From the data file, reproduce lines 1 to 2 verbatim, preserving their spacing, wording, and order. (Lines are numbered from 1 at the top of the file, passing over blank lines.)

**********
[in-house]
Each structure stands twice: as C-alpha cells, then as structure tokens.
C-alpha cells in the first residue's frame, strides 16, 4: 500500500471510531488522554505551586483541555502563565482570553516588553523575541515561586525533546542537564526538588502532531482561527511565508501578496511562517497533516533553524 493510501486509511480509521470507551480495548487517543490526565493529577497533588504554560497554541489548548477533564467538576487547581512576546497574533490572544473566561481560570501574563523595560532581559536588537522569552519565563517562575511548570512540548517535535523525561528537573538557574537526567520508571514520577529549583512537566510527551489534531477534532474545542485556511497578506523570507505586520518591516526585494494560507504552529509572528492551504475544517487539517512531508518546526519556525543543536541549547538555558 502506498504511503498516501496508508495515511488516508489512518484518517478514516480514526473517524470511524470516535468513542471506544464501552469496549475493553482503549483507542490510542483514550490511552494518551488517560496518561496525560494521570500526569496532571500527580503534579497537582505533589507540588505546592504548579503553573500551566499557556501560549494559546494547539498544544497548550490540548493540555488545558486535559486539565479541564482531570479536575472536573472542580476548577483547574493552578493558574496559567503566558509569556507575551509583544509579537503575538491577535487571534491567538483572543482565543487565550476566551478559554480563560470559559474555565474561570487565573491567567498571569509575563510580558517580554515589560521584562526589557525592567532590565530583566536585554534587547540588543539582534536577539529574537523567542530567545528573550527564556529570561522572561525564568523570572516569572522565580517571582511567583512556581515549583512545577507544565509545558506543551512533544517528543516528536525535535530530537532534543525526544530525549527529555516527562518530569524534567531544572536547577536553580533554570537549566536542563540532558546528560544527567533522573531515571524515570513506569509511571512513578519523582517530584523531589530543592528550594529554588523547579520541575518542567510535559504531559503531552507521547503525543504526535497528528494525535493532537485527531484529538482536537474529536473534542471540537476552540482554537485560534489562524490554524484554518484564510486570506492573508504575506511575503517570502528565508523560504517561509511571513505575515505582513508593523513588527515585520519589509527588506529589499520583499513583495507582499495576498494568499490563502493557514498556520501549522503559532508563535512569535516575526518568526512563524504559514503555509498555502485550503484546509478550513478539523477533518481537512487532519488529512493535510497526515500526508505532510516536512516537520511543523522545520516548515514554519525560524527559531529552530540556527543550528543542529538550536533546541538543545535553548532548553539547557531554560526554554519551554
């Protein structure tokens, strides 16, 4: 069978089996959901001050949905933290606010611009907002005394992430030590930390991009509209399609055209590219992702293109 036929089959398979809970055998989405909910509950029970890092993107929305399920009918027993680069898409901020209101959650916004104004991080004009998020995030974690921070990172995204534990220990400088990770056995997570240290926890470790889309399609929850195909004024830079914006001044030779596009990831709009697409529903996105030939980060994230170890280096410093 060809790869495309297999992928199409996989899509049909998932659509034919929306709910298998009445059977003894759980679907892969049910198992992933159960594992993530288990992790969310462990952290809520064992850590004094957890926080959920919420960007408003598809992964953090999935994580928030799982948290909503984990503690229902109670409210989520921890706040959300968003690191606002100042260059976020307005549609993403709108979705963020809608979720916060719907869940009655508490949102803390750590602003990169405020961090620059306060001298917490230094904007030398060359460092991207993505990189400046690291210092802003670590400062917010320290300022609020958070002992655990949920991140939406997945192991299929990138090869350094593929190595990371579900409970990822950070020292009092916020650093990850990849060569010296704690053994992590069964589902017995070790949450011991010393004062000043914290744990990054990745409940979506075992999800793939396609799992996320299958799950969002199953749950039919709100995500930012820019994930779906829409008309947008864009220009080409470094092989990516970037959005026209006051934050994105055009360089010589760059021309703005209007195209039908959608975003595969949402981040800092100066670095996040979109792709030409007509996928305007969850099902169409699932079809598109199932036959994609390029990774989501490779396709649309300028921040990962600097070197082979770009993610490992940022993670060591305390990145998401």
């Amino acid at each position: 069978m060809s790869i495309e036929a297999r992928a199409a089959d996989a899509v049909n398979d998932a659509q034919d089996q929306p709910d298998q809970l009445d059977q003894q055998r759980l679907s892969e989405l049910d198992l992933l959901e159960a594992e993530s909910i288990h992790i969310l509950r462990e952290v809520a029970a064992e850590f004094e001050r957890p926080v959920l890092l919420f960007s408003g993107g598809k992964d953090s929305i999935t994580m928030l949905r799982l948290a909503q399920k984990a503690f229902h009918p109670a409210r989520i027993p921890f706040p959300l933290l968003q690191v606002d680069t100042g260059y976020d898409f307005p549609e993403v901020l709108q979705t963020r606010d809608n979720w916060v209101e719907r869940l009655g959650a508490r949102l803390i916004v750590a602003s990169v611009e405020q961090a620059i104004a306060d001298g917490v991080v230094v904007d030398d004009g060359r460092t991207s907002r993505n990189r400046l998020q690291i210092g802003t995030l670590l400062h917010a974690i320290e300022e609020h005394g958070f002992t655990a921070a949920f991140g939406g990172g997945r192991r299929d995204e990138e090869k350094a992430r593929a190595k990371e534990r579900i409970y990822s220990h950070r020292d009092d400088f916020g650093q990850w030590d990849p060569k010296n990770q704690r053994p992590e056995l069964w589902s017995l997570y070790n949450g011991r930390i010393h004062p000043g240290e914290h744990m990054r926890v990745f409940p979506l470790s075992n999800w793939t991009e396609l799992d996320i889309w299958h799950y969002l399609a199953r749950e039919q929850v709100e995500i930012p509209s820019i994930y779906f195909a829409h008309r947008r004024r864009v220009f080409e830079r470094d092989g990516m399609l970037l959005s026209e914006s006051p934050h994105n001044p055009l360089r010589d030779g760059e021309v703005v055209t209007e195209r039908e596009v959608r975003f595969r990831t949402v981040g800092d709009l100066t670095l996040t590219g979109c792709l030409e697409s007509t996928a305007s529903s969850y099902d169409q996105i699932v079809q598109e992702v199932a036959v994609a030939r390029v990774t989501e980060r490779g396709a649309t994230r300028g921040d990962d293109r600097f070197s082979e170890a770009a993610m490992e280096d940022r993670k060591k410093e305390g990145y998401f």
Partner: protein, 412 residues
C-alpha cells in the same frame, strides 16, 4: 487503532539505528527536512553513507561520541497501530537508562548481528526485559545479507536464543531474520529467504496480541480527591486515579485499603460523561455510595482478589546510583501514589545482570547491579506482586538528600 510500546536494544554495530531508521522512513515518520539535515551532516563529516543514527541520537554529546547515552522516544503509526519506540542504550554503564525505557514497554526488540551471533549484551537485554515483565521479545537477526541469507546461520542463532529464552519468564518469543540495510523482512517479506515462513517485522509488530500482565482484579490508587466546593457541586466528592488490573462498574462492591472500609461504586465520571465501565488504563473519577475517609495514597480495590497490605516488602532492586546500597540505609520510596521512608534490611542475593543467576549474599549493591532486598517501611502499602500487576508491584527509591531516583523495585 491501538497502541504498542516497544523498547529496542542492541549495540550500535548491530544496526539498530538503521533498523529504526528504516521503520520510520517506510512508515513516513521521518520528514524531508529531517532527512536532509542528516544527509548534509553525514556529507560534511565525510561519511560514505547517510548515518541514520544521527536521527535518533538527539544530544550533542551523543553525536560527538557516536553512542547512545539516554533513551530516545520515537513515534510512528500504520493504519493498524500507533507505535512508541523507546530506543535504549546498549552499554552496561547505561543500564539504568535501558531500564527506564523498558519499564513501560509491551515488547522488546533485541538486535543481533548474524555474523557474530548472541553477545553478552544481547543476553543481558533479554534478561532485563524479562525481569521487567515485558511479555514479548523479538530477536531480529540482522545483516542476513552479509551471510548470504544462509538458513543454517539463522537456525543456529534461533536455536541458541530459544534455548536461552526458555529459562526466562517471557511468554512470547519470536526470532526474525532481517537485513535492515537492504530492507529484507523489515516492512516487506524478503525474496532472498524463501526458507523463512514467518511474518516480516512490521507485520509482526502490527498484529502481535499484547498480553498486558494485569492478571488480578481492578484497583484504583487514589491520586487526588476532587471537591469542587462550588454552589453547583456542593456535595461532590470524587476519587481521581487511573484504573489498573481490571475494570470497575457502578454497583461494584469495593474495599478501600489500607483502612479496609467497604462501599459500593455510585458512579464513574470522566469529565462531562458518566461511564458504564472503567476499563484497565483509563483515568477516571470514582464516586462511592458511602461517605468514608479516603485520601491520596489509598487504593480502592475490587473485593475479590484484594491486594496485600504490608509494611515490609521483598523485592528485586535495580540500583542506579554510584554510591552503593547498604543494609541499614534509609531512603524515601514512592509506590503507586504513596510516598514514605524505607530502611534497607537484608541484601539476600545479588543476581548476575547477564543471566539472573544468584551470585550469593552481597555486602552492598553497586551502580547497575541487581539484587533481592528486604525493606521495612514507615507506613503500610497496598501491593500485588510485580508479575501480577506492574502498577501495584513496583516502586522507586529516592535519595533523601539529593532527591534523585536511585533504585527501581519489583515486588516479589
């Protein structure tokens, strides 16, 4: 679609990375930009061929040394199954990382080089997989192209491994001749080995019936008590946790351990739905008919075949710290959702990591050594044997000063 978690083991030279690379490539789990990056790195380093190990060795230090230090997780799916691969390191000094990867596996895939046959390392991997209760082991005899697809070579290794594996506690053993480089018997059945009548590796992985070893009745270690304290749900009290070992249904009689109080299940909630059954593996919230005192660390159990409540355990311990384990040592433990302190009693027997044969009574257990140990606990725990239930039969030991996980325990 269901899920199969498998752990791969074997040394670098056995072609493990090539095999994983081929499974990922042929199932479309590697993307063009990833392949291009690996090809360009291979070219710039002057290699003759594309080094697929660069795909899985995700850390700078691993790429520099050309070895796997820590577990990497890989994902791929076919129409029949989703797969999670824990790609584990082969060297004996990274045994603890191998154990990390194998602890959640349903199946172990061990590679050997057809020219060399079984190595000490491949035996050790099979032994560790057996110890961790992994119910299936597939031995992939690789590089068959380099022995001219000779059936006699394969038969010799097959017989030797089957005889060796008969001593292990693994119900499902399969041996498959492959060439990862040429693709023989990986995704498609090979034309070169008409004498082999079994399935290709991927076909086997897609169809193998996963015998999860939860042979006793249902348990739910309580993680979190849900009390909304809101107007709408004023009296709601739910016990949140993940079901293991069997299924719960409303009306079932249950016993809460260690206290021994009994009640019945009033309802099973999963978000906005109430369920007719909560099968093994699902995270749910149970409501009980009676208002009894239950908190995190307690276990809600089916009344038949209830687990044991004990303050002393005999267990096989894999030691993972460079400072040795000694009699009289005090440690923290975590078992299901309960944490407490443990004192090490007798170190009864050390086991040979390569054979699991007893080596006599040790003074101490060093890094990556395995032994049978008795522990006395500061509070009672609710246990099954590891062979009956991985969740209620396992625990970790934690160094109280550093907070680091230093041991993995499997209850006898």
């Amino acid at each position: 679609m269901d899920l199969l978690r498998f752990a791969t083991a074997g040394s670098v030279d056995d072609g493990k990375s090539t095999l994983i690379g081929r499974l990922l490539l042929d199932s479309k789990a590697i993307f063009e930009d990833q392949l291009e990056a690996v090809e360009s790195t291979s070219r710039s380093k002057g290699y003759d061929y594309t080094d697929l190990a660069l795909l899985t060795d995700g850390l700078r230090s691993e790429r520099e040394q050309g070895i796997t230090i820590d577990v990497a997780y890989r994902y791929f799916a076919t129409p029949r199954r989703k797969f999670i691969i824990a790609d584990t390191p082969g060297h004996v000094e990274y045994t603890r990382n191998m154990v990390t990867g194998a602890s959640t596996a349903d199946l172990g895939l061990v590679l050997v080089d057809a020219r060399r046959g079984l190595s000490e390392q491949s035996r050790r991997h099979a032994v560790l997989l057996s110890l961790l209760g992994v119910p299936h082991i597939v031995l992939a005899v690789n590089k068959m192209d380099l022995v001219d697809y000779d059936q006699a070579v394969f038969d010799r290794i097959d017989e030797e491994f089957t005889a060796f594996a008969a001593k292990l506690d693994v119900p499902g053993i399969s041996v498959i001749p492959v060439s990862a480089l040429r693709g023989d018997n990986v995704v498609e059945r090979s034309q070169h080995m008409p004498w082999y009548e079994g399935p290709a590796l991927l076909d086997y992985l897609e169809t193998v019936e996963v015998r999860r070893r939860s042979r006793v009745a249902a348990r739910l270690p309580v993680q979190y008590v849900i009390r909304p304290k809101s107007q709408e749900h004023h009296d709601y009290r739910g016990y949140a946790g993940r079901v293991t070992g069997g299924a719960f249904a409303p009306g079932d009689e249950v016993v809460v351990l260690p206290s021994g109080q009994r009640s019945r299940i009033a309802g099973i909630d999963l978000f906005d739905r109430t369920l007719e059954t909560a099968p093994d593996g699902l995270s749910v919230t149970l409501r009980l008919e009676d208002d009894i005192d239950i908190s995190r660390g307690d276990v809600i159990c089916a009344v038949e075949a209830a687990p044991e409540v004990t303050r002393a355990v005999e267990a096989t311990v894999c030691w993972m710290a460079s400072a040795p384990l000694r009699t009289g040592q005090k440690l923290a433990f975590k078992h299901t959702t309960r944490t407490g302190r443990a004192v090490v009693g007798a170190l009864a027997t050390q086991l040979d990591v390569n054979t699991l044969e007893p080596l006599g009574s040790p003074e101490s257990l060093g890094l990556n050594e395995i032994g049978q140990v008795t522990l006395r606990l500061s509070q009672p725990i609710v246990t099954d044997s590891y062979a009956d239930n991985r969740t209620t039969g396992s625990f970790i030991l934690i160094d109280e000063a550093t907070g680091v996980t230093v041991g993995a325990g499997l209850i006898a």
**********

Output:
[in-house]
Each structure stands twice: as C-alpha cells, then as structure tokens.